The Business and CX Case of the Prioritization Model


It is increasingly important to choose what to do and to have reasonable certainty that it is the right thing to do. How can a prioritization model help?

Mark Twain said, “Buy land, they don’t do it anymore.” The same could be said of time, and although it is not for sale, time should be treated as a precious commodity, both in our personal lives and in business.

When translated into a business context, time ranks among information or data as one of the most valuable non-tangible assets. Therefore, choose What do, and being reasonably certain that it is the right thing to do, is increasingly important.

It’s not for lack of things to do, though. I would dare say that no successful organization has the challenge of not having enough to do. Instead, there are likely many competing priorities that all have good reason (depending on who you ask) to be moved to the top of the queue. An incredibly useful tool to help take a long list of potential initiatives or projects that all seem to be of primary importance and sort them in order of importance is a prioritization model. It’s basically a ranked list of items from most important to least important.

The case of the prioritization model

I’ve developed a few prioritization patterns over the years, and some can get quite complex, although in most cases a simple approach is often sufficient. Here is a simple formula that we can use as an example, with each item ranked on a scale:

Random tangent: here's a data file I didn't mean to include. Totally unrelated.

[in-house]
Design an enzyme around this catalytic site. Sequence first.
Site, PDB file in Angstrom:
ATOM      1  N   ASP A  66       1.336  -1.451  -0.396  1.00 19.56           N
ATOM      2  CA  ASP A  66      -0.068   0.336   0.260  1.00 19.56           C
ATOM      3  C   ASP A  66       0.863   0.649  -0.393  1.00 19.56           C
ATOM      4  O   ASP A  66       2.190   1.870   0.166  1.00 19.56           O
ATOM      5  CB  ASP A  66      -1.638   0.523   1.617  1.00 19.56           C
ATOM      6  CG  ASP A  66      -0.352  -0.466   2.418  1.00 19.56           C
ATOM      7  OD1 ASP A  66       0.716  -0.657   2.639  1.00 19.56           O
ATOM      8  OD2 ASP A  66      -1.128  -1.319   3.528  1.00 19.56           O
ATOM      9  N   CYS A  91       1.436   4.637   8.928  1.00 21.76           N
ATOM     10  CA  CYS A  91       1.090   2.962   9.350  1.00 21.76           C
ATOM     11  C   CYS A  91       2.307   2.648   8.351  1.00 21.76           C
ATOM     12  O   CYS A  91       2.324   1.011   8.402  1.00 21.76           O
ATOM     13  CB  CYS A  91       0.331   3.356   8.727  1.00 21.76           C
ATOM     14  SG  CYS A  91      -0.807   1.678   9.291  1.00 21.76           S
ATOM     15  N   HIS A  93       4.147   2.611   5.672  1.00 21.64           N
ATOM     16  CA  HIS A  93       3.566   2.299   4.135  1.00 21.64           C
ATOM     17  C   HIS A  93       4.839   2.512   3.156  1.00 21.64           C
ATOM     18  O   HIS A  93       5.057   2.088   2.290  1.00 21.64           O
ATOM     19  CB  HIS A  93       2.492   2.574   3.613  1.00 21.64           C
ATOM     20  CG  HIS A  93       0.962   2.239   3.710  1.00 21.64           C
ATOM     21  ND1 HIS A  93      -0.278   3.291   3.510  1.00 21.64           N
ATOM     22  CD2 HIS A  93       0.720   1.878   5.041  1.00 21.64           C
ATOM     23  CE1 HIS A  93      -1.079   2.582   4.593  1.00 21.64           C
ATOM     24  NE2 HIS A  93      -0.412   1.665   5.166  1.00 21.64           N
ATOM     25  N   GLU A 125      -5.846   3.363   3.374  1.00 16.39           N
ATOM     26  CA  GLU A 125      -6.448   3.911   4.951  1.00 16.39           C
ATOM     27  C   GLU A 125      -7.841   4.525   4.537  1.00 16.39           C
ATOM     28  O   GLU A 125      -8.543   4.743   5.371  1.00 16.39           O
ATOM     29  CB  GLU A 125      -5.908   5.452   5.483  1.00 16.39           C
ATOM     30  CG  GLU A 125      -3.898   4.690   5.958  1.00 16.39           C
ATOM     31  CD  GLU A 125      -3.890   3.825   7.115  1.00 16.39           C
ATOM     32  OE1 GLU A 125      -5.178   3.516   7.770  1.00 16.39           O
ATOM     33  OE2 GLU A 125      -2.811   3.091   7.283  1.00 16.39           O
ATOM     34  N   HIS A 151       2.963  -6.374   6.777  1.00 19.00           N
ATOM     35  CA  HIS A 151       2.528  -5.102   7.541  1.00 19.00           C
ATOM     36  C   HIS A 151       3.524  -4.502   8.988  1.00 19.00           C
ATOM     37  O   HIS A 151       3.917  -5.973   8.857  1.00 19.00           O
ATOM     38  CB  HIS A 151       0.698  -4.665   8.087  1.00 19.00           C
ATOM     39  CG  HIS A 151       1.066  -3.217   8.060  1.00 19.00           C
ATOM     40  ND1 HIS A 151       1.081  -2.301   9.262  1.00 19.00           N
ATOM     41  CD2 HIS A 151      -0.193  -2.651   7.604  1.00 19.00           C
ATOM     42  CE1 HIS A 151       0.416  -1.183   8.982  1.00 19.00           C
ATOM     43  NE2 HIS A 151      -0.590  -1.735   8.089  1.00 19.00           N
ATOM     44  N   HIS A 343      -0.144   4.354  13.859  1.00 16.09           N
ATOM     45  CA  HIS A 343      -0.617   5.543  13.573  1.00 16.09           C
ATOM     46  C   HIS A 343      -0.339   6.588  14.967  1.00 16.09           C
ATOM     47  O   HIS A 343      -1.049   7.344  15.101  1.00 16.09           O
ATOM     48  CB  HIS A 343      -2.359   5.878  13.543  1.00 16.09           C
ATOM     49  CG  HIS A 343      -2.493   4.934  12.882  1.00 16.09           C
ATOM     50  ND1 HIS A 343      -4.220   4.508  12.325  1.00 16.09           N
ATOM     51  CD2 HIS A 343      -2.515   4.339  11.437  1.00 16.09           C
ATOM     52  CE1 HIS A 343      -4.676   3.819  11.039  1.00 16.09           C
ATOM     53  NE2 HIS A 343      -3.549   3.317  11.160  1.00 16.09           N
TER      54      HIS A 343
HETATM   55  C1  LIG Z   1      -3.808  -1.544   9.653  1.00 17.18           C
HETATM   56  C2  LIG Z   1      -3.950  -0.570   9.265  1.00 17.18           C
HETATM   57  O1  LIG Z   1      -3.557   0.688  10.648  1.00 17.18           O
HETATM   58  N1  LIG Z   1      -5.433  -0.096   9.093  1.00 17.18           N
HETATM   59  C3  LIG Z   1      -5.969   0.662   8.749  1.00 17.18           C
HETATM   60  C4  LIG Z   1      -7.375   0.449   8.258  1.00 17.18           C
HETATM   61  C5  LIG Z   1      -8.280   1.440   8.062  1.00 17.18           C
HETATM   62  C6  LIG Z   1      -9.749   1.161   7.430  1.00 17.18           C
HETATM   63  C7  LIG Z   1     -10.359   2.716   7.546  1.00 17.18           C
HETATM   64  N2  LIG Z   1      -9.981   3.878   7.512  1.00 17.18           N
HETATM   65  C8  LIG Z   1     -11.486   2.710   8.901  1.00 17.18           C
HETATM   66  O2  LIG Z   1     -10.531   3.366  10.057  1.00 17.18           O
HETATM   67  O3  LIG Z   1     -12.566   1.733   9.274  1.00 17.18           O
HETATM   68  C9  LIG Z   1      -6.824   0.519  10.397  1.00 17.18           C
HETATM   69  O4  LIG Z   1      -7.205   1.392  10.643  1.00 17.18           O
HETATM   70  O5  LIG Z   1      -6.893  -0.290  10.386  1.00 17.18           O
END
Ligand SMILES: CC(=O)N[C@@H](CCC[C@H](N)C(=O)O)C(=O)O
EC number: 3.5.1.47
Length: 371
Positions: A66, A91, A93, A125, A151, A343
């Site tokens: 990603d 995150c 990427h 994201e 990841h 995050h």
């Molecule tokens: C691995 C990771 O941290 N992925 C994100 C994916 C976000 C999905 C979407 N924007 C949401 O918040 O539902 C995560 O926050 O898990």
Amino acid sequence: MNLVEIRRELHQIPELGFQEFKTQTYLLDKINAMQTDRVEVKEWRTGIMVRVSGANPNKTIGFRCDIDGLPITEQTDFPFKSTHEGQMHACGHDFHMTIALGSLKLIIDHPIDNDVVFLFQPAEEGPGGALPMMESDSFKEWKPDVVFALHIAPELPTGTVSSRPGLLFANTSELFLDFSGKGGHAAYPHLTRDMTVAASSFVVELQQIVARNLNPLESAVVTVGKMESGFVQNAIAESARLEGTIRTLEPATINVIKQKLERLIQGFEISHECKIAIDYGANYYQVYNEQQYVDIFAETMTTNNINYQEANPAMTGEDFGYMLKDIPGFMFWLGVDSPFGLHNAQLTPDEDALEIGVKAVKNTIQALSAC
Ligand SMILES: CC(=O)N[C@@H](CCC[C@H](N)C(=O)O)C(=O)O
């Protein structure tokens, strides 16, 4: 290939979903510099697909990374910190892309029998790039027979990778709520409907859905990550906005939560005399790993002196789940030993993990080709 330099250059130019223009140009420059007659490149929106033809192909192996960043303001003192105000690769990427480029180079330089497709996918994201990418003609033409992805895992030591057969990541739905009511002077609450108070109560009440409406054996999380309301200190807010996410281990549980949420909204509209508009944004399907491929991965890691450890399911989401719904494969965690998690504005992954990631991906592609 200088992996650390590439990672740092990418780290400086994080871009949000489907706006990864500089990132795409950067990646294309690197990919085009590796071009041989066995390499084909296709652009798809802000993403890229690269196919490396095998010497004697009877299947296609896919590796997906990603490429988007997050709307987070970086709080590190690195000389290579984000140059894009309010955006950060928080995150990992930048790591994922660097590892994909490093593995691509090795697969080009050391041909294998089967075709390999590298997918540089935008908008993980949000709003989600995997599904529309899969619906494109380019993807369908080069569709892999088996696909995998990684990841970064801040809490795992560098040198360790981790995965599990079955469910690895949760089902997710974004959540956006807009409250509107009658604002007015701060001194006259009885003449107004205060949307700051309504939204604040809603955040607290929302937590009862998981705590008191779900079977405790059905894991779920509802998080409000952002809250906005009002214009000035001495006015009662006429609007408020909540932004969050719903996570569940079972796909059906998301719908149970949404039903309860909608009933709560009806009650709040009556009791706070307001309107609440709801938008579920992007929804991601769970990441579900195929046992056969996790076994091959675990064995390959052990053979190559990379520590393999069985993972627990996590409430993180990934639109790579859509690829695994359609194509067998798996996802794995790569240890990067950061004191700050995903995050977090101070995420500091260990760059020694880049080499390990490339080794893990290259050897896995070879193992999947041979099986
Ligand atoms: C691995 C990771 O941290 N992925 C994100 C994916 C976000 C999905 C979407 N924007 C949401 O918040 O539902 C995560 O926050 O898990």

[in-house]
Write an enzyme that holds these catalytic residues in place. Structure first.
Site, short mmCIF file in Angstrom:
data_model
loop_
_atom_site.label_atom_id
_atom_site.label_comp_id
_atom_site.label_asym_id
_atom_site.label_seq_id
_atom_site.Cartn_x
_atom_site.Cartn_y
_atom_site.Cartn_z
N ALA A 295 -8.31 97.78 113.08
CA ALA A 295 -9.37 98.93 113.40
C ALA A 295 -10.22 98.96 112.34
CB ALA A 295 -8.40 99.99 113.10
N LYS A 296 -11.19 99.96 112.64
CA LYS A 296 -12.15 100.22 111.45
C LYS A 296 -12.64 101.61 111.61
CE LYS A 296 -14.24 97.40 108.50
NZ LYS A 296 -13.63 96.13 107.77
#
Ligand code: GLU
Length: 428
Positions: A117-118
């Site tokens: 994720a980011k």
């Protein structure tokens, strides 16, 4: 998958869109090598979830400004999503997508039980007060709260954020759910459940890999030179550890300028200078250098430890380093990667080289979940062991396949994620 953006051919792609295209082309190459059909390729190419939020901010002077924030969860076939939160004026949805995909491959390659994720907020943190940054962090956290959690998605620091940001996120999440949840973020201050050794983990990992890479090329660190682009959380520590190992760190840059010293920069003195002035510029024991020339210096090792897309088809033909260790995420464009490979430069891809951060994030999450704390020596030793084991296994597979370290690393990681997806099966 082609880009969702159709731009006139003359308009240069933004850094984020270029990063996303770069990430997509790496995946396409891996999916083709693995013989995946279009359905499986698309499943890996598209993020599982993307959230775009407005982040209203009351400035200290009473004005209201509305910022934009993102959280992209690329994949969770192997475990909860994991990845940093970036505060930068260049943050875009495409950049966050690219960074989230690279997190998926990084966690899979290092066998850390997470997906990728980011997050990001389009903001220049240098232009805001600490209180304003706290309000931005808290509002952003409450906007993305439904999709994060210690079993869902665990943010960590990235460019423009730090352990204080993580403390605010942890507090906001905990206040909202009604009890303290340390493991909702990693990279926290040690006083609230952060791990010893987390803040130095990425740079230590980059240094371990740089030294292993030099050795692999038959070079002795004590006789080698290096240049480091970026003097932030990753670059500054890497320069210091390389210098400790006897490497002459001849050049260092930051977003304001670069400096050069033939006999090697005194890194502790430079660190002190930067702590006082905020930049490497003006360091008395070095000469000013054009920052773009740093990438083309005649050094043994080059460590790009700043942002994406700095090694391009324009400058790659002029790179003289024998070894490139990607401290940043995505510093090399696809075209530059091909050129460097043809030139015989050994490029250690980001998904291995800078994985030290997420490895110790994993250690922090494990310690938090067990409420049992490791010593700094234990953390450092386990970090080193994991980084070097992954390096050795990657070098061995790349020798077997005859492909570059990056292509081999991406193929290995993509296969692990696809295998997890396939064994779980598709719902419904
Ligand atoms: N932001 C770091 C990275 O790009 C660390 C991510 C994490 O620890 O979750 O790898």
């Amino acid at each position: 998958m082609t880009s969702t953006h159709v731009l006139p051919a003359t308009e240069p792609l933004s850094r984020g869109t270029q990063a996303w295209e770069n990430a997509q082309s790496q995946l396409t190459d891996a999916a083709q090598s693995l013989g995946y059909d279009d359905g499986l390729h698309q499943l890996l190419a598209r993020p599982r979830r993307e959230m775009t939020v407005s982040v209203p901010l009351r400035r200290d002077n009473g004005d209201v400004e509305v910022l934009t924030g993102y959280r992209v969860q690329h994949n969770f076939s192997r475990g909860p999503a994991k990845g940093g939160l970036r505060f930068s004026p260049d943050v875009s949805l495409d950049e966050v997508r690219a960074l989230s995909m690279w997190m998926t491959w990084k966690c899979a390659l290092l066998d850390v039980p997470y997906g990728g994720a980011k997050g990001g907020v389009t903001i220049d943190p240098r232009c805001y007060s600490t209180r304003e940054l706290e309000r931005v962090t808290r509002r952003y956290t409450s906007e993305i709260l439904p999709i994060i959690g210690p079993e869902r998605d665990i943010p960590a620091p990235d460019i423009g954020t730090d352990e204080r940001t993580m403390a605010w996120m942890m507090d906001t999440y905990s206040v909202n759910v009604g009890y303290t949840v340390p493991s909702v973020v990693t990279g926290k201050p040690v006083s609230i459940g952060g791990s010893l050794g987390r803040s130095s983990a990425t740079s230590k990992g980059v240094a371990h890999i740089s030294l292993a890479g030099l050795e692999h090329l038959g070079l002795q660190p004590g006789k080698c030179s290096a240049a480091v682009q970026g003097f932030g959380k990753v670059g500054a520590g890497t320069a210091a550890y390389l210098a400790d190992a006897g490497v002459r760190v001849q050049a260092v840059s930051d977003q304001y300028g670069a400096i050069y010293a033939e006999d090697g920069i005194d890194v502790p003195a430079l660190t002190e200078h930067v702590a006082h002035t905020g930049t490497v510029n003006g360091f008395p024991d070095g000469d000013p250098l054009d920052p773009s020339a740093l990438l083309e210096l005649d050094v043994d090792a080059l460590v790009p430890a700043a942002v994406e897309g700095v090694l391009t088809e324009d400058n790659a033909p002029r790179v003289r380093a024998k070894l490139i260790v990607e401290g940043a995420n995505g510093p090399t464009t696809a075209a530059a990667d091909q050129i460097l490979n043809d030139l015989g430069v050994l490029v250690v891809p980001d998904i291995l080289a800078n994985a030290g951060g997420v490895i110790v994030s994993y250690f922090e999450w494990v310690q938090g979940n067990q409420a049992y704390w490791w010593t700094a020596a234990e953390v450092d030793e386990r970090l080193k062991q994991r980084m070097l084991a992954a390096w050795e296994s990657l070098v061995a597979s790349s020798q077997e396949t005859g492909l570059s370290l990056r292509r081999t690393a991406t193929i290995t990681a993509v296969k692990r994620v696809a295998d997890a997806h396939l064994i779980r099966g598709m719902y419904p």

Priority = a (Business Benefit) + b (Customer Benefit) + c (Customer Reach) – d (Implementation and Measurement Cost)

or, Priority = a + b + c – d

For reference, values ​​between 1 and 5 work well for a relatively short list of items, and 1 through 10 work best for longer lists.

Again, this is a simple formula, but some of it is intentional. You can certainly make this more complex by weighting different components, separating implementation cost and measurement cost, or many other things, and I’ve done the same with some of my consulting clients as needed. . Remember, though, that a consistent approach to ranking and prioritization is as valuable (or more valuable in many cases) than spending excessive time trying to get the formula right.

Now that we’ve looked at the formula you can use to rank and prioritize your queue of potential projects and initiatives, let’s explore what we mean by each of these elements in the formula I provided above.

Related Article: How to Use Business Value to Prioritize Company and Customer Initiatives

Elements of the prioritization model

Benefit for the company

There are many ways to calculate business benefits, and I’ve seen a wide range of thought processes on how to calculate this, but the most effective ones have been relatively simple and revolve around three axes:

  • Revenues or profits generated.
  • Strategic alignment.
  • Cost savings or efficiencies.

Depending on your ability to predict these elements, it can range from a rather scientific exercise to one based on intuition. I recommend trying to do more of the former than the latter, but some of the benefits of this prioritization exercise lie in the relative metrics, so as long as you stay consistent in your assumptions, there’s still a lot of value to be gained.

Benefit for the customer

Similar to the previous item, the customer benefit may be able to use some of your existing metrics as a baseline. Here are some ways to think about it:

  • Increase customer satisfaction.
  • Reduced customer effort.
  • Increase customer loyalty.